“Business” is also a favorite poem of mine from the book, and a bit of an outlier in terms of form. I wrote it when I was on a trip to Köln, which was the first or second time I’d been to the city. We were talking earlier about moments of total dissociative disembodiment—I definitely had that in a pretty intense way on this business trip. It felt surreal to travel and stay in a hotel in order to teach poetry. That whole trip, I was thinking, My life has taken an odd turn … and I think that kind of dialed into this hyperawareness where suddenly everything became interesting to me: the hotel, the businesspeople staying there. I thrive in a state of being new to a place, and a lot of PORTAL was written in that state.

I’ve thought a lot about the word naive and that I want to reclaim that as a positive mode of being bare to the world, a way to encounter the world in a more unmediated way. Most of our interactions and experiences are so mediated. Sometimes that’s just through routine and familiarity, where we don’t really see the strangeness or the beauty of things. Sometimes other interfaces, or even the sort of mediating structures of inherited models of living.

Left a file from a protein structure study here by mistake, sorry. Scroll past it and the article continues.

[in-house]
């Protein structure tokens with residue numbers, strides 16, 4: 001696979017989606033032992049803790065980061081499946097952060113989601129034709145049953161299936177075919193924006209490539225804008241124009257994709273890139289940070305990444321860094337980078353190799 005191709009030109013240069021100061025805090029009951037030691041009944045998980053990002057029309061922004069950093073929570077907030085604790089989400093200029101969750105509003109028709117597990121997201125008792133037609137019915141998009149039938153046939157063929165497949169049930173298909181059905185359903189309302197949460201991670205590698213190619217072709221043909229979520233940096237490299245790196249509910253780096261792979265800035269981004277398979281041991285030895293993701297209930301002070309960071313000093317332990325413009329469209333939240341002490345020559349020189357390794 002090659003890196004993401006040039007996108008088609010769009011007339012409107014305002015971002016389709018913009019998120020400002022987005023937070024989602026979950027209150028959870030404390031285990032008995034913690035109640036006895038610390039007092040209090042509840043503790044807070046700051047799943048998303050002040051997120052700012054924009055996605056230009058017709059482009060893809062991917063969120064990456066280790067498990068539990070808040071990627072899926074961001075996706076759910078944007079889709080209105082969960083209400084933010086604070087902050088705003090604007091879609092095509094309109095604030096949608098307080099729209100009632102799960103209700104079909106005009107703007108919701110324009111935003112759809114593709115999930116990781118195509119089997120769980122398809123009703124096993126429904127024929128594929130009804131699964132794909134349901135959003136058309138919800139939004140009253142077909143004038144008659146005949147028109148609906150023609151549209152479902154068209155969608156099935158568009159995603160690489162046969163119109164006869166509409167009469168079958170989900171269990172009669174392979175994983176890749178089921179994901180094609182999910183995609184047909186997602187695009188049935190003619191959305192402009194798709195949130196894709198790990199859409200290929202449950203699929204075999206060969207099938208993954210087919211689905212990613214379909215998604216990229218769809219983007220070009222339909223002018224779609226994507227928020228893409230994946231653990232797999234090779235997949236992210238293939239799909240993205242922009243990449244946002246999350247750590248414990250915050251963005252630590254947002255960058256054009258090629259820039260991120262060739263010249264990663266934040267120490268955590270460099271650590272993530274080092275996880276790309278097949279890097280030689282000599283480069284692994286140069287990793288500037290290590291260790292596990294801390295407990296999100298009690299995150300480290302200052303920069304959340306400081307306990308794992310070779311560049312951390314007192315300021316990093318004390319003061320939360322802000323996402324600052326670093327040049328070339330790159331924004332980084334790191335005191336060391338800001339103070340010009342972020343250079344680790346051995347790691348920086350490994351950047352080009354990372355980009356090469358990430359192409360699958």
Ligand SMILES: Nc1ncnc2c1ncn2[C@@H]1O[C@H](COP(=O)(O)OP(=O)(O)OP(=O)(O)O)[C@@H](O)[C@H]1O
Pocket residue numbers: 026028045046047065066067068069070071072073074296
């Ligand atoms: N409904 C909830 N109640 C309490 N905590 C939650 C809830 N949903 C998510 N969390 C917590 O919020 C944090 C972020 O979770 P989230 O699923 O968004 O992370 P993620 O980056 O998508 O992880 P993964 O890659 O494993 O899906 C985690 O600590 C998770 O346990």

Also, when I was pregnant, it really felt like being in a new country. You’re in the same place that you were before, but you’re in a totally different state, and you’re in a different state than the people around you. This feeling of being set apart was pleasant and unpleasant at the same time.

You write about your pregnancy in PORTAL, and you end the book with the beautiful poem “Birth.” Are the Planetary Boundary poems also about pregnancy?

No, actually those poems were written before the rest of the book. I think I was still living in Kurdistan but had traveled to the United States and Europe during the summer. I was thinking a lot about translation and legibility and illegibility. I was also experiencing this hyperawareness of being in Western capitalist societies again after being in Kurdistan. It was as if I was observing it from an alien perspective. A lot of times, I felt this profound alienation, especially returning to a Western society—ostensibly, my society—and feeling alienated by it.

I was also thinking at the time a lot about sex and the body, or the body as always being a sexual interface, by nature of it being a body. And then a looming ecological anxiety tainting everything. I remember that summer in Switzerland, everyone was talking about the diminishing glacier that physically loomed above the valley where I spent some weeks. How it had never been so reduced as it was that summer.